The three musty Vermont commuter rail studies already provide the basic blueprints—the only elements missing now are leadership from Governor Shumlin, at least one member of the Vermont Congressional delegation, and the municipal leaders of affected communities—to the north along the line to St. Albans, to the east Montpelier and Barre, and to the south Vergennes and Middlebury. Add two other initial potential lines: (1) a Connecticut River Valley line connecting White River Jct., Windsor, Bellows Falls and Brattleboro; and (2) West Route—Bennington, Manchester, Rutland and Middlebury.

An initial service, say either of the three Burlington routes (IBM expressed a preference for a St. Albans/IBM/Burlington service) might take two years at most. Note while the entire core Montreal Metro system construction took about a year, Vermont rail lines for service are in place, the St. Albans-Brattleboro line with a 60 mph service level now serves Amtrak daily, and the desired rail equipment already operates on two commuter lines, one in Portland, OR.

Cost? Well federal law requires Chittenden County and the Governor directly command $50 million annually in capital and public transportation investments which involve federal funding. A first commuter rail service line could easily be handled with about $5-$6 million for the first year or two, affordable with current funding streams. The rail equipment and costs for service were thoroughly examined in 2008-2009 when the Amtrak demonstration of the same equipment to reduce Vermont subsidies (still a good idea!!).

The tide in transportation began to turn about two decades ago away from an auto-based dominance and now that same tide can be seen clearly—it is time now to respond to the “state of transportation emergency” and begin the welcome task of establishing a core of commuter and intercity rail passengers in Vermont as part of a workable, sustainable, and economy supporting backbone for the transportation system.

Tuesday, May 1, 2012



Three studies of Vermont commuter rail services dating from 1989 continue gathering dust while the recent raging success of commuter bus services radiating from Burlington demonstrates installing in-state inter-city and commuter rail passenger services continues long overdue. In-state rail passenger operations enable citizens and visitors alike an alternative to cars bringing needed support to Vermont city and town centers, the tourist industry as well as to workers and major employers like IBM, State complexes, Fletcher Allen Hospital and several colleges.

Vermonters for decades supported and continue to voice support for a post-auto transportation system built around Amtrak and other rail passenger services, a network of urban and rural public transit services, and bicycle and walking facilities.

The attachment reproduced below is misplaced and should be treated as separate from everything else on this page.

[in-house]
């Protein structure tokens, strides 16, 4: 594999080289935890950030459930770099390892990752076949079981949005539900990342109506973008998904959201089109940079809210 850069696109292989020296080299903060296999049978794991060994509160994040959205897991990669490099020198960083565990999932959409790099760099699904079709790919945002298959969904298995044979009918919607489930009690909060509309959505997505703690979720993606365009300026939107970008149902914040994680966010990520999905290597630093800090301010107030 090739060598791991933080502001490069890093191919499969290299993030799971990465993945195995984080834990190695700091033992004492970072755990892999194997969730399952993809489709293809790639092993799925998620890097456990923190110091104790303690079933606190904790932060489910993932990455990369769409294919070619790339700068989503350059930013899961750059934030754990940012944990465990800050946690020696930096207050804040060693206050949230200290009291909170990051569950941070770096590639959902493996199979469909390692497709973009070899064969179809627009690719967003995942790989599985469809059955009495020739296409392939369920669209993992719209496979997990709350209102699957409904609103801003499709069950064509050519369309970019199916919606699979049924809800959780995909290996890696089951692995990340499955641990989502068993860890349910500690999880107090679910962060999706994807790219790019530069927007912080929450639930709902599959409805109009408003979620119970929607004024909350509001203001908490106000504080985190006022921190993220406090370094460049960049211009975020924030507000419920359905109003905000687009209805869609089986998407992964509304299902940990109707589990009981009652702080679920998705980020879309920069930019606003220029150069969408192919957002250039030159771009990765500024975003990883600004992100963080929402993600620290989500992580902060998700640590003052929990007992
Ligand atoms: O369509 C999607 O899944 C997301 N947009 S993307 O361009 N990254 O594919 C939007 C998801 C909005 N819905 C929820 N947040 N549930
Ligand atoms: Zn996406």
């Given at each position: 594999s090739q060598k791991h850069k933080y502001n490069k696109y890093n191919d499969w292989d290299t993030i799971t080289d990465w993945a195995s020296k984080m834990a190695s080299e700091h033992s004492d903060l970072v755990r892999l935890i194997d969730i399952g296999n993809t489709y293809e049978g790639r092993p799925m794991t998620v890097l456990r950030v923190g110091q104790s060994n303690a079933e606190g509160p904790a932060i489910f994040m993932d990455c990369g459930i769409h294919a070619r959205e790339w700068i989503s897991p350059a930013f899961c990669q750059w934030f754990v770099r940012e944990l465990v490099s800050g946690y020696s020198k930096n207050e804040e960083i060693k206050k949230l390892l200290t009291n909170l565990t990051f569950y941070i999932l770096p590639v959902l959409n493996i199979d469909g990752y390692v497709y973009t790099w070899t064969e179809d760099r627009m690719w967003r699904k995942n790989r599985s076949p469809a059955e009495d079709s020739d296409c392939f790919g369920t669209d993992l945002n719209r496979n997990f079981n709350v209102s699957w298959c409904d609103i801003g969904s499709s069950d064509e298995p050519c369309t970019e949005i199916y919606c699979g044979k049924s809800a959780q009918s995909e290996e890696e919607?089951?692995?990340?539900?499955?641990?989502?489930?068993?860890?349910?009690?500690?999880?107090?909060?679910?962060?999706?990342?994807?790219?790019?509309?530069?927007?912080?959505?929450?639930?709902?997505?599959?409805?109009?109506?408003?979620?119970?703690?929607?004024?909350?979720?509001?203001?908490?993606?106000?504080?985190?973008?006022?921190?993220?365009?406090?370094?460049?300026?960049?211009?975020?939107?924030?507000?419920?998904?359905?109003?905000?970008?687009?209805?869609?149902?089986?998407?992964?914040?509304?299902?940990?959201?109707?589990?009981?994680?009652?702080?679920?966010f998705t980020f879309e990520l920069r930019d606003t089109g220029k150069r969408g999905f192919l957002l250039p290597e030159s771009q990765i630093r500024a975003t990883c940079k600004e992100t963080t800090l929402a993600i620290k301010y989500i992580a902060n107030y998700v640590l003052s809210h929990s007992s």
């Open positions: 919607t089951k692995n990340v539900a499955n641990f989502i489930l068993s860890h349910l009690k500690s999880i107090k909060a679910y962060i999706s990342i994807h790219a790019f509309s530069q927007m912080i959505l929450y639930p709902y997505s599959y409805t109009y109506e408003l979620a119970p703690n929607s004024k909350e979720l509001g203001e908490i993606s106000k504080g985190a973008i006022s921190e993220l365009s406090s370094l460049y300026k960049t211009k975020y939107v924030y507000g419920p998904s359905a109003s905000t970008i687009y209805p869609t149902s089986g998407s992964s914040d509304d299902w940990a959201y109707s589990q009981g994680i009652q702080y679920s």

For the better part of a decade the Chittenden County Transportation Authority (CCTA) Burlington-Montpelier commuter “Link” services between Burlington and Montpelier surged. Expanded peak commuter runs and a mid-day run serve both cities. Today Montpelier Link totals sixteen buses each workday carrying about 200 commuters between the two cities with over 20 passengers per bus. Based on Census data the Montpelier Link handles about a third of all commuter trips between Montpelier and Burlington. These Burlington-Montpelier commuters equal about 3.1 million vehicle miles of solo driving off the highways. The overall Link services which include Burlington to St. Albans, Middlebury, and Milton plus Montpelier easily represent a shift of over 1% of annual vehicle miles in Vermont from cars to buses, even taking into consideration that without the Links considerable car pooling would be the alternative for many of these commuters.

Providing year-round rail passenger service can be accomplished by utilizing available single or double unit self-propelled rail-diesel cars which obtain about five miles per gallon. With new train control technology which utilizes radio and satellite connections desired service frequency can be attained. Consider the prime Montpelier-Burlington route, for example. The New England Central rail line from the Massachusetts border to St. Albans via Brattleboro, Bellows Falls, White River Jct., Randolph, Northfield, Montpelier Jct., and Essex Jct. supports the 60 mph rail speeds for current Amtrak services. The Montpelier-Burlington run which would probably start from Barre also enables a stop at the parking lot of the State's largest private employer, IBM, just before Essex Jct. Upgrade of the five mile line from Essex Jct. to Burlington's Union Station is a must. At some future point even a spur connection to Burlngton International Airport becomes possible.

All three rail studies employ self-propelled rail vehicles for basic services. One study almost mirrors the radiating Link services out of Burlington. A second study focuses on a rectangular intercity service—Rutland-Bellows Falls-White River Jct.-Montpelier-Burlington-Rutland—all of this rail in place is either owned by the State or New England Central Railroad. This study emphasizes services to the tourist industry and inter-city trains as well as commuters. Any in-State rail services can also spur additional use of the Amtrak interstate trains from New York and southern New England which continue to experience yearly passenger numbers growth to new records, often at a double digit pace.

It is time for “Vermont trains” to start. Over time rail passenger and commuter services can extend connections to all major towns and cities re-establishing a network which becomes a safe, sustainable, backbone transportation network for the State.